Teva Pharmaceutical Industries Ltd.'s (TEVA) newly appointed CEO, Kare Schultz, brings turnaround experience as the drugmaker faces challenges including generic drug pricing pressure in the U.S. and a substantial debt load.
"We think Mr. Schultz's experience leading financial and restructuring initiatives at global pharmaceutical and healthcare companies could help unlock value for TEVA shares," wrote Cantor Fitzgerald & Co. analyst Louise Chen in a note on Monday, Sept. 11.
Oppenheimer & Co. Inc. analyst Derek Archila wrote that while he views the news positively, Schultz "will be entering the company at a turbulent time, given: (1) continued pricing pressure in US generics; (2) TEVA's meaningful debt and inability to de-lever in a timely manner; and (3) high likelihood of Copaxone 40mg generics in 2018."
Teva had total debt of $35.1 billion as of end-June.
Since 2015, Schultz has been president and CEO of Valby, Denmark-based pharmaceutical firm H. Lundbeck A/S, which he joined as the company was facing the loss of critical patents. He implemented a turnaround strategy that included reducing operating costs while targeting new product launches.
"We believe this experience will be helpful, given TEVA's current state," Archila wrote.
Schultz took the helm of Lundbeck in May 2015. Three months later, the company unveiled a restructuring program aimed at cutting the total cost base by about DKK 3 billion ($480 million) in 2017.
During Schultz's tenure, Lundbeck shares rose from $132.80 to $411.80, which represents an annual return of almost 120%.
In 2016, Lundbeck reported DKK 2.29 billion of earnings before interest and taxes, compared with a loss from operations of DKK 6.82 billion in 2015. The 2015 figure included an impairment loss and restructuring charges of nearly DKK 7 billion while the 2016 figure included an impairment loss of DKK 140 million in connection with drug candidate idalopirdine. Lundbeck's revenue rose 7% year-over-year to DKK 15.63 billion in 2016.
In the first half of 2017, Lundbeck reported Ebit of DKK 2.06 billion, up 117% from the year-ago period. Revenue was DKK 8.49 billion, representing a 13% rise from the first half of 2016.
Before joining Lundbeck, Schultz was at Novo Nordisk A/S for nearly three decades. There, his roles included serving as chief operating officer. His resume also includes stints at McKinsey & Co. and Anderson Consulting.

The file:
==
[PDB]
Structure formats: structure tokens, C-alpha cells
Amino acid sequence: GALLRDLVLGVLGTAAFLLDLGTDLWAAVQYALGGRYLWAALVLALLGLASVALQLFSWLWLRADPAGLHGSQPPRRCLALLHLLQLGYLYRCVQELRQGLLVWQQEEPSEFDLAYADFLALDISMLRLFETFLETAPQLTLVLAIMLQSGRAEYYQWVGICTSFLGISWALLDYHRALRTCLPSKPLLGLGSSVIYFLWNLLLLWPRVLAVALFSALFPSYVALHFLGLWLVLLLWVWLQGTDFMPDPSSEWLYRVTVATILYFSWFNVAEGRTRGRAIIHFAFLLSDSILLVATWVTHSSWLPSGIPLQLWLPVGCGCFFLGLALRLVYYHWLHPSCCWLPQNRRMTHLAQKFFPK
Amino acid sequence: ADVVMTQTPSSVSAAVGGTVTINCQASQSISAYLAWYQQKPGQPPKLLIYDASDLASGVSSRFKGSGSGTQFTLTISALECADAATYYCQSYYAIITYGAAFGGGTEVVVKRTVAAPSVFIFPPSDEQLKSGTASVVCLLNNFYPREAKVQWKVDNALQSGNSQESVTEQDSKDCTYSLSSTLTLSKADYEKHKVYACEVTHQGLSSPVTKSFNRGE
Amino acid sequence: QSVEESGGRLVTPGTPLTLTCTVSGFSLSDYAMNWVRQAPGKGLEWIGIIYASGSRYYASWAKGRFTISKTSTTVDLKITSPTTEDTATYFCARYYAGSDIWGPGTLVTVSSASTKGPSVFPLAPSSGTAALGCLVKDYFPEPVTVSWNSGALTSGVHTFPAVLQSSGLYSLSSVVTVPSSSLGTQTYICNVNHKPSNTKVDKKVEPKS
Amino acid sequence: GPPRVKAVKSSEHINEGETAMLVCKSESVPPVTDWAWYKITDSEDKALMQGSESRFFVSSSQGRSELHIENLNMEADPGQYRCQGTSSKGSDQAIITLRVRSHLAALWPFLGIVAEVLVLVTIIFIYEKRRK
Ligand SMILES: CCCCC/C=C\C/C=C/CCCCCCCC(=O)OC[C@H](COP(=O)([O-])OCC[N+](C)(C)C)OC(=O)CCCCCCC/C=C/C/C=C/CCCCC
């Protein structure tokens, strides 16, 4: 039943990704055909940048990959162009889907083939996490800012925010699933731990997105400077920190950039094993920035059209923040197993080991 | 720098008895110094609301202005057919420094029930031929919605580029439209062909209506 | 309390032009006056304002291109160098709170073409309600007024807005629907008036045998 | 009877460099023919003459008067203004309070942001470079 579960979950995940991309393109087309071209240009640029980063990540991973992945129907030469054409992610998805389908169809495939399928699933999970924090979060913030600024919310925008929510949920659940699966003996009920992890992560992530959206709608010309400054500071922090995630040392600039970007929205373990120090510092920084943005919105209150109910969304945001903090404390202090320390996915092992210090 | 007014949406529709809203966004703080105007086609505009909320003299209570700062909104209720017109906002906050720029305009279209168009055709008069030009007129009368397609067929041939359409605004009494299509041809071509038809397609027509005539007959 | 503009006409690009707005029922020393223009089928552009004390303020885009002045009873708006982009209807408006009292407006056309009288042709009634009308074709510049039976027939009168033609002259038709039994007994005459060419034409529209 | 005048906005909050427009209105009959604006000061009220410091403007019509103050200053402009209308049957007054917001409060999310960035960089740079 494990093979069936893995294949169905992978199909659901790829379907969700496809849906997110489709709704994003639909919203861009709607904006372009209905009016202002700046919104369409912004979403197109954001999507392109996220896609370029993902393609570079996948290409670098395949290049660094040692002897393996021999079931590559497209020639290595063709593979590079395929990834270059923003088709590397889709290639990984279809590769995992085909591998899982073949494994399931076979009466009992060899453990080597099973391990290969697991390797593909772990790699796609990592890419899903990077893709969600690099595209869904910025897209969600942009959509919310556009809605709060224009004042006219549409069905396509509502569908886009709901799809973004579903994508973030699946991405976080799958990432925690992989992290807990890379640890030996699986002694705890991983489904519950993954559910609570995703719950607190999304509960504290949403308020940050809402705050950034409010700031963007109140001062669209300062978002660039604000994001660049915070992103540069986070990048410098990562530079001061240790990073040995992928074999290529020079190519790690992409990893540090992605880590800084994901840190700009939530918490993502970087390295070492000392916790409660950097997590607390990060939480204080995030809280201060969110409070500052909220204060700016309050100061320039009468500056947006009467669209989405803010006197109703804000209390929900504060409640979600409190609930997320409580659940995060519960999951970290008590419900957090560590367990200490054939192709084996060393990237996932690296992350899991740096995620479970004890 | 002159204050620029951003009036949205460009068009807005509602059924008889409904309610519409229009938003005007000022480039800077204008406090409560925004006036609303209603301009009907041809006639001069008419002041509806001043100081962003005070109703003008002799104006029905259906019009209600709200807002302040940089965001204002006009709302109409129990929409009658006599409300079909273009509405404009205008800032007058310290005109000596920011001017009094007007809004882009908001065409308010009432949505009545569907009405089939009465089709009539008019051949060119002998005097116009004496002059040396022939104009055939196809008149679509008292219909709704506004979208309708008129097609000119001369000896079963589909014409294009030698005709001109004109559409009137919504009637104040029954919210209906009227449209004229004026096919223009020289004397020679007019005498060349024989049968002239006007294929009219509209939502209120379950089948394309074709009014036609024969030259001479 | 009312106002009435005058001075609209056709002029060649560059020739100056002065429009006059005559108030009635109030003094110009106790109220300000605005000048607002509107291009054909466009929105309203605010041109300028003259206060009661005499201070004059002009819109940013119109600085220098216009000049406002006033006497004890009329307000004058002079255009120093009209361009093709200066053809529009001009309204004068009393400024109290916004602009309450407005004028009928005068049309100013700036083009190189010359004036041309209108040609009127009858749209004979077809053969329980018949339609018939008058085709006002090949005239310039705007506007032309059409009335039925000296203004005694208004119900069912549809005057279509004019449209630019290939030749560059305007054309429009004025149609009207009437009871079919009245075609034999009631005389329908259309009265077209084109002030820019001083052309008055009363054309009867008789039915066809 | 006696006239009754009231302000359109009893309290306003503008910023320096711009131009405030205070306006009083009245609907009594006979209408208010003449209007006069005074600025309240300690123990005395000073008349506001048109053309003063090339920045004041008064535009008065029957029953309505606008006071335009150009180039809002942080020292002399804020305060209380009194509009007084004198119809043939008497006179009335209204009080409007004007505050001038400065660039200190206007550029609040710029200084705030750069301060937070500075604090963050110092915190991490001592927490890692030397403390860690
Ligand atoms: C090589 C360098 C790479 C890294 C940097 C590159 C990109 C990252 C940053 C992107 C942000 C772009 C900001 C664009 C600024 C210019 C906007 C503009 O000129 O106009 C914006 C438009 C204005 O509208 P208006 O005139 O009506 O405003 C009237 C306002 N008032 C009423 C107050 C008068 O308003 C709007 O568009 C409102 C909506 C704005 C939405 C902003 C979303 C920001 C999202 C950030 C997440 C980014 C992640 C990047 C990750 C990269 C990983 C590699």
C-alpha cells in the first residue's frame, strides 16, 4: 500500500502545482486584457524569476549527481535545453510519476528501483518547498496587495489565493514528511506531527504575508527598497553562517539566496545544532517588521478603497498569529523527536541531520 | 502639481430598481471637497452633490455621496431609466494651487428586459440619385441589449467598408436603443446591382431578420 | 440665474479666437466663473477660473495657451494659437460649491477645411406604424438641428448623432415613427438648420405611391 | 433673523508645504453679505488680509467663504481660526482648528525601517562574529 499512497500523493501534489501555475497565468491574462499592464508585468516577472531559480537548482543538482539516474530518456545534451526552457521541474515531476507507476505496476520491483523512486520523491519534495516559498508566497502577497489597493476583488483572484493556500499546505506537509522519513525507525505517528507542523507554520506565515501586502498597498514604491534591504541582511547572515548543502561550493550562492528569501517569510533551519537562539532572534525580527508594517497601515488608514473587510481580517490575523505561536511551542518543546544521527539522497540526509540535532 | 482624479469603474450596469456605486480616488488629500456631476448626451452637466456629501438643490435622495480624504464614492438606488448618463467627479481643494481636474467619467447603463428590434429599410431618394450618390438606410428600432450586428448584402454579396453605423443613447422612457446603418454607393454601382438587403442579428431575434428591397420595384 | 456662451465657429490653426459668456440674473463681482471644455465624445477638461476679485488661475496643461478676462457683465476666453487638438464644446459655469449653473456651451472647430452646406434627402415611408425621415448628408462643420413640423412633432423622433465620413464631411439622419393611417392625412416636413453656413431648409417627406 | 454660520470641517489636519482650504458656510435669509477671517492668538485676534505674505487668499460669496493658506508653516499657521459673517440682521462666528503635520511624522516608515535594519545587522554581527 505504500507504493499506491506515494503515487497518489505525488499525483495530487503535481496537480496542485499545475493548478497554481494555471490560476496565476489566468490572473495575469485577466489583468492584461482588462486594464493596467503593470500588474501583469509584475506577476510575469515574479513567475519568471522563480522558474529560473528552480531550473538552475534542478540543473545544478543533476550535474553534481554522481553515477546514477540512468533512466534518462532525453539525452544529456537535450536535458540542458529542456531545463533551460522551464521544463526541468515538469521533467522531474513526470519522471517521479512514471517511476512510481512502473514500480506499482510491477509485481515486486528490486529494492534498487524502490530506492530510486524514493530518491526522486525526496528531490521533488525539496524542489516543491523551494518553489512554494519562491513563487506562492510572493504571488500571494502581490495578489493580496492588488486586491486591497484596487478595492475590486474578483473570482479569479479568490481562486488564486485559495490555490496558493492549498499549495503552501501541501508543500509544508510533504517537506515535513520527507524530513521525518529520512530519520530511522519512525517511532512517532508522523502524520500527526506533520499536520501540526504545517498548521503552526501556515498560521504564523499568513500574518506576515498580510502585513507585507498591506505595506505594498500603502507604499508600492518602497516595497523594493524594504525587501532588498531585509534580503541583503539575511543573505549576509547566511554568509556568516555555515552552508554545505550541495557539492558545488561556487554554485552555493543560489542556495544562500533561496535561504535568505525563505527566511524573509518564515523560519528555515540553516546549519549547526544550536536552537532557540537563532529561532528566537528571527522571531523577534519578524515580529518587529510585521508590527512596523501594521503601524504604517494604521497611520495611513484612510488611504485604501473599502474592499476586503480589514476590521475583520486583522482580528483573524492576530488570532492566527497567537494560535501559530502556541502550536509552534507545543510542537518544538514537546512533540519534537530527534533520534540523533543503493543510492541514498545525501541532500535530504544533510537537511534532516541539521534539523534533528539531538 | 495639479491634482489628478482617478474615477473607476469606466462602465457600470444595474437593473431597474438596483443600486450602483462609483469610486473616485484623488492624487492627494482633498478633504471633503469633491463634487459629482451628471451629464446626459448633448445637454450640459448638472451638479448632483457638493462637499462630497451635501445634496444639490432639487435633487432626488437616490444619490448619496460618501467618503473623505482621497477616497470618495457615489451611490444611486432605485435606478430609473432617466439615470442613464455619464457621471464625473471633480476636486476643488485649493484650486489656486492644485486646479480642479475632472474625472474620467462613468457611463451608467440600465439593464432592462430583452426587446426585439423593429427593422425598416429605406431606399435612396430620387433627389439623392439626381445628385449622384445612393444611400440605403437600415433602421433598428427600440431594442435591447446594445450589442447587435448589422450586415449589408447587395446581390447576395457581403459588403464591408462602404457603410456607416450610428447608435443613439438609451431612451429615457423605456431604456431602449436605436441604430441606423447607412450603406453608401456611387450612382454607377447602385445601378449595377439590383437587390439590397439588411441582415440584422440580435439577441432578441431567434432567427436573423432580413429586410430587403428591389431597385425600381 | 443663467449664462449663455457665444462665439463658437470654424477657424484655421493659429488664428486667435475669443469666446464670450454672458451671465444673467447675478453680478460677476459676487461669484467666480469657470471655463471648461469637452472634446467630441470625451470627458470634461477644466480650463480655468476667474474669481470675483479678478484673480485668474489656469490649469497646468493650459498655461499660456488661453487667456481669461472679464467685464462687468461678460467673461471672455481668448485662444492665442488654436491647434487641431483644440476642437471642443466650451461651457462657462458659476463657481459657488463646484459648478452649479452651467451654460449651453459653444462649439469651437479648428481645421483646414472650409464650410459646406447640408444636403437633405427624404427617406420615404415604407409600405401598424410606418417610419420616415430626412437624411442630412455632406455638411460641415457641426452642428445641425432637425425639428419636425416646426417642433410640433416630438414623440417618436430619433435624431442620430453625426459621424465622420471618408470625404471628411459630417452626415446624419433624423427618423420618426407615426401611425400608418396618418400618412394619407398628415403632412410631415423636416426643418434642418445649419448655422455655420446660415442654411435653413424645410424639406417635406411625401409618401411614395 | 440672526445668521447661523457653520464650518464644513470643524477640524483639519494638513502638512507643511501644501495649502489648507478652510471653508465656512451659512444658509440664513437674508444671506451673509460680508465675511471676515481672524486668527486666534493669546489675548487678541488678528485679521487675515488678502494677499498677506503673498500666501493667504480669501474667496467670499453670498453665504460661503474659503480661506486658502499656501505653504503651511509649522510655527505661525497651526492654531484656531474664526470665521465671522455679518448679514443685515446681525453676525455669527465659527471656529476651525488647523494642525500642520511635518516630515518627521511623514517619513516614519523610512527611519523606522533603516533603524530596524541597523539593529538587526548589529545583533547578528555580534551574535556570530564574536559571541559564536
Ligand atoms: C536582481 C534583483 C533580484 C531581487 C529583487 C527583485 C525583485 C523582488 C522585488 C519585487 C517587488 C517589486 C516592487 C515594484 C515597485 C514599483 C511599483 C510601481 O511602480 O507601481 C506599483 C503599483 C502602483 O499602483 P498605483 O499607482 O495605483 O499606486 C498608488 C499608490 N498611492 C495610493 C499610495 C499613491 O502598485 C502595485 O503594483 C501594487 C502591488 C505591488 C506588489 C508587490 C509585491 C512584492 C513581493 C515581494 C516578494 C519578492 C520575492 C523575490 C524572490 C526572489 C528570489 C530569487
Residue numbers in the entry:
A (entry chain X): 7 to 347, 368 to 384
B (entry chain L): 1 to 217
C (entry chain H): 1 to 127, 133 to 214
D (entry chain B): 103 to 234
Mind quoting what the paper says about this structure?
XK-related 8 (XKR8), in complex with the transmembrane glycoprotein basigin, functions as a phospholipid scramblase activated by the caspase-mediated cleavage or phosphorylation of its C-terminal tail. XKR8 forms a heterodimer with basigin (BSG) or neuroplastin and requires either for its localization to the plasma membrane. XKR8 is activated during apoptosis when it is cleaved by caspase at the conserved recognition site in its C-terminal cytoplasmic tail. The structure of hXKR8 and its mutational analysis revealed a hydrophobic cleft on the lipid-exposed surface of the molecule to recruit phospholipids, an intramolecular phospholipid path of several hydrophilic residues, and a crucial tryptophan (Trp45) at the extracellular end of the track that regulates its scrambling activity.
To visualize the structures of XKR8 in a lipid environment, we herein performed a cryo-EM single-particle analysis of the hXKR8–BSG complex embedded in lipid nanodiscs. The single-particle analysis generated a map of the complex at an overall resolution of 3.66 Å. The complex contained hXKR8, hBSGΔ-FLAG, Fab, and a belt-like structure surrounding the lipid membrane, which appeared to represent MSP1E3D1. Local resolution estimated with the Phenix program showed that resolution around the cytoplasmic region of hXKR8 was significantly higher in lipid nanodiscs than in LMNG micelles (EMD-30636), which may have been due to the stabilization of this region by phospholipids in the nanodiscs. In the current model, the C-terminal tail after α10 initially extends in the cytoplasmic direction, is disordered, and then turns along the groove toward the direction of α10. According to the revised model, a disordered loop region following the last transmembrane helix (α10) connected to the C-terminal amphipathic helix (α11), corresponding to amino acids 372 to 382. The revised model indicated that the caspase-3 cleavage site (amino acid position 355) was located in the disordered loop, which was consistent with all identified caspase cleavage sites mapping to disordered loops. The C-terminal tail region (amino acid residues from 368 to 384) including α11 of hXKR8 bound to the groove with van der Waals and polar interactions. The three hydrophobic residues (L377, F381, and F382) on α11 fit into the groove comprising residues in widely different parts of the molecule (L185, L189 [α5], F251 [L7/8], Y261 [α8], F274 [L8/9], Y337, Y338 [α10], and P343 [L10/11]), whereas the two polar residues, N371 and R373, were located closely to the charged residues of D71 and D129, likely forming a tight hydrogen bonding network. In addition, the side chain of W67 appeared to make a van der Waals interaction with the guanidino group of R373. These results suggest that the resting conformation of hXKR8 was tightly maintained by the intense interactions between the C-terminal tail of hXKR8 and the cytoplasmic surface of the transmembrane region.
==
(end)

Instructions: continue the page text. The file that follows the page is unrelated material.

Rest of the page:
At Teva, Schultz, 56, will succeed Dr. Yitzhak Peterburg, who has served as interim CEO since February, when Erez Vigodman stepped down following a mutual agreement with the board. Schultz will move to Israel and will be based out of Teva's headquarters in Petah Tikva.
Schultz will join Teva "as soon as practicable," according to a company spokesperson in an email.
News of Schultz's appointment came after Teva on Aug. 3 cut its full-year guidance and slashed its dividend 75% owing to weaker U.S. markets and the ongoing political turmoil in Venezuela. Peterburg at the time said in the earnings release that Teva experienced accelerated price erosion and lower volume in its U.S. generics business due to "customer consolidation, greater competition as a result of an increase in generic drug approvals by the U.S. Food and Drug Administration, and some new product launches that were either delayed or subjected to more competition."
Teva in August 2016 completed its purchase of Allergan plc's (AGN) generic drug business for $33.4 billion in cash and $5.4 billion in stock.
Teva's American depository receipts were changing hands at $18.70 on Monday, up 20.7%.
-- Lisa Botter contributed to this article
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